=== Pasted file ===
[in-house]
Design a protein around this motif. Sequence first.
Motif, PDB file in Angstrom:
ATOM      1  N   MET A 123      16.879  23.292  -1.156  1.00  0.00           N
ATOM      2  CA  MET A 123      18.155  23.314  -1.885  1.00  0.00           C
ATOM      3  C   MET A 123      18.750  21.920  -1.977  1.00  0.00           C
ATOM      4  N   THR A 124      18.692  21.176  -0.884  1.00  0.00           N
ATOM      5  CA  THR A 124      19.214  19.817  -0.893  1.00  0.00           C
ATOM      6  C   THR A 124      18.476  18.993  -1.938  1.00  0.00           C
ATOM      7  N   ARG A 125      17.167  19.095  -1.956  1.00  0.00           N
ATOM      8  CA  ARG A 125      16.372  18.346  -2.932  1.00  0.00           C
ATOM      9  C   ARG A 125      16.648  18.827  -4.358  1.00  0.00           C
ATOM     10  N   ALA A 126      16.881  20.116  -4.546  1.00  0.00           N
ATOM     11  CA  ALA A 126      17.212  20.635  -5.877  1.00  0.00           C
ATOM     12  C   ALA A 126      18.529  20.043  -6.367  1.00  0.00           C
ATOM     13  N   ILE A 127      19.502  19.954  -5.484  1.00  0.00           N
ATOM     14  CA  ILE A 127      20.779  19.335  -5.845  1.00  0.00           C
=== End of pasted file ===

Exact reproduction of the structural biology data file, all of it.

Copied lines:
[in-house]
Design a protein around this motif. Sequence first.
Motif, PDB file in Angstrom:
ATOM      1  N   MET A 123      16.879  23.292  -1.156  1.00  0.00           N
ATOM      2  CA  MET A 123      18.155  23.314  -1.885  1.00  0.00           C
ATOM      3  C   MET A 123      18.750  21.920  -1.977  1.00  0.00           C
ATOM      4  N   THR A 124      18.692  21.176  -0.884  1.00  0.00           N
ATOM      5  CA  THR A 124      19.214  19.817  -0.893  1.00  0.00           C
ATOM      6  C   THR A 124      18.476  18.993  -1.938  1.00  0.00           C
ATOM      7  N   ARG A 125      17.167  19.095  -1.956  1.00  0.00           N
ATOM      8  CA  ARG A 125      16.372  18.346  -2.932  1.00  0.00           C
ATOM      9  C   ARG A 125      16.648  18.827  -4.358  1.00  0.00           C
ATOM     10  N   ALA A 126      16.881  20.116  -4.546  1.00  0.00           N
ATOM     11  CA  ALA A 126      17.212  20.635  -5.877  1.00  0.00           C
ATOM     12  C   ALA A 126      18.529  20.043  -6.367  1.00  0.00           C
ATOM     13  N   ILE A 127      19.502  19.954  -5.484  1.00  0.00           N
ATOM     14  CA  ILE A 127      20.779  19.335  -5.845  1.00  0.00           C